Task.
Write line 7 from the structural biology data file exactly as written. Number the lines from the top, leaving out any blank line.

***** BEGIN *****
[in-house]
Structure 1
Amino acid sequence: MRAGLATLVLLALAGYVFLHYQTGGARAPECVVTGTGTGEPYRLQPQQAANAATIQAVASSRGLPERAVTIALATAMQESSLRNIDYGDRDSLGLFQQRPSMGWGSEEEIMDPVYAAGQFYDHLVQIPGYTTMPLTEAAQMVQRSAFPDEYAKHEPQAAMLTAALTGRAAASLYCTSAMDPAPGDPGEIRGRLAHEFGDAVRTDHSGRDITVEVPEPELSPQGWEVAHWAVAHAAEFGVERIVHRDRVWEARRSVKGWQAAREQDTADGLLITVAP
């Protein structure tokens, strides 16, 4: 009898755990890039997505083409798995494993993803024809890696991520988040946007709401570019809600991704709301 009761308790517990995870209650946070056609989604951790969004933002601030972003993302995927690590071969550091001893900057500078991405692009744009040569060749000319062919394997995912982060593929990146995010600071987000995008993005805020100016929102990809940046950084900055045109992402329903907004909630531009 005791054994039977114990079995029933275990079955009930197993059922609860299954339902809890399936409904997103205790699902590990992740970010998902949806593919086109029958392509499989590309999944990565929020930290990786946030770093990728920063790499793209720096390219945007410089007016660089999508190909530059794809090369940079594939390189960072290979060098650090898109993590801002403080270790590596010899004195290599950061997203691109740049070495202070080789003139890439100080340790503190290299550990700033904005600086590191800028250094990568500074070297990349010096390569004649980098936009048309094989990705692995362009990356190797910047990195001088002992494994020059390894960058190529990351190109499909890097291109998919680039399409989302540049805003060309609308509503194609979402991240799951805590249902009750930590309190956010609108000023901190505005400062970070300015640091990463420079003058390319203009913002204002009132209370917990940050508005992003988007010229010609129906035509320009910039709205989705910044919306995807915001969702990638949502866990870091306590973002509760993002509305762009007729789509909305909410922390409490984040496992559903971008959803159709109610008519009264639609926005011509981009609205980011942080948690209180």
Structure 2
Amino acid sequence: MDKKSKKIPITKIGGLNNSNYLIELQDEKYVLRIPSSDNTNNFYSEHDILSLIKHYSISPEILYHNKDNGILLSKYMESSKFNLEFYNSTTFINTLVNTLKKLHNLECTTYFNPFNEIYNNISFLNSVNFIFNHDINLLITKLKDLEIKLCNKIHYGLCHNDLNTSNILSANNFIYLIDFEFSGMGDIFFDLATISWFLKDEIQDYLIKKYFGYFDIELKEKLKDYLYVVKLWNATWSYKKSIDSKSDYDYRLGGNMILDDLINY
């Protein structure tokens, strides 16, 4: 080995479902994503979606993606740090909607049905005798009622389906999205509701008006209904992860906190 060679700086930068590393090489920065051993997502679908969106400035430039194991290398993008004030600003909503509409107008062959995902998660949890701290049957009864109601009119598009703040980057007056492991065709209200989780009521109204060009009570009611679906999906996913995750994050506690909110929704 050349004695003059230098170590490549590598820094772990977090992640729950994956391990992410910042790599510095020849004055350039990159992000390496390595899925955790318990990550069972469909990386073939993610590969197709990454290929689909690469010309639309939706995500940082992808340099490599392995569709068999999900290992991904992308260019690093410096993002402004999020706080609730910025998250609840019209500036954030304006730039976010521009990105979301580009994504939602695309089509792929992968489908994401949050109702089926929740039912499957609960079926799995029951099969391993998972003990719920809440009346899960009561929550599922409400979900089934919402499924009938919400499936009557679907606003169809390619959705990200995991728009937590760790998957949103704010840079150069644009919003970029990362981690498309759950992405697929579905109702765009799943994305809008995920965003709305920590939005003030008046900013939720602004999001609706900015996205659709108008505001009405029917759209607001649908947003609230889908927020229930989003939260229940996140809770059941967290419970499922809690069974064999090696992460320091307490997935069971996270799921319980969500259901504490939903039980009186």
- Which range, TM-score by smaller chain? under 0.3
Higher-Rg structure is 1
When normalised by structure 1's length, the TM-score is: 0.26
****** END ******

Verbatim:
């Protein structure tokens, strides 16, 4: 080995479902994503979606993606740090909607049905005798009622389906999205509701008006209904992860906190 060679700086930068590393090489920065051993997502679908969106400035430039194991290398993008004030600003909503509409107008062959995902998660949890701290049957009864109601009119598009703040980057007056492991065709209200989780009521109204060009009570009611679906999906996913995750994050506690909110929704 050349004695003059230098170590490549590598820094772990977090992640729950994956391990992410910042790599510095020849004055350039990159992000390496390595899925955790318990990550069972469909990386073939993610590969197709990454290929689909690469010309639309939706995500940082992808340099490599392995569709068999999900290992991904992308260019690093410096993002402004999020706080609730910025998250609840019209500036954030304006730039976010521009990105979301580009994504939602695309089509792929992968489908994401949050109702089926929740039912499957609960079926799995029951099969391993998972003990719920809440009346899960009561929550599922409400979900089934919402499924009938919400499936009557679907606003169809390619959705990200995991728009937590760790998957949103704010840079150069644009919003970029990362981690498309759950992405697929579905109702765009799943994305809008995920965003709305920590939005003030008046900013939720602004999001609706900015996205659709108008505001009405029917759209607001649908947003609230889908927020229930989003939260229940996140809770059941967290419970499922809690069974064999090696992460320091307490997935069971996270799921319980969500259901504490939903039980009186």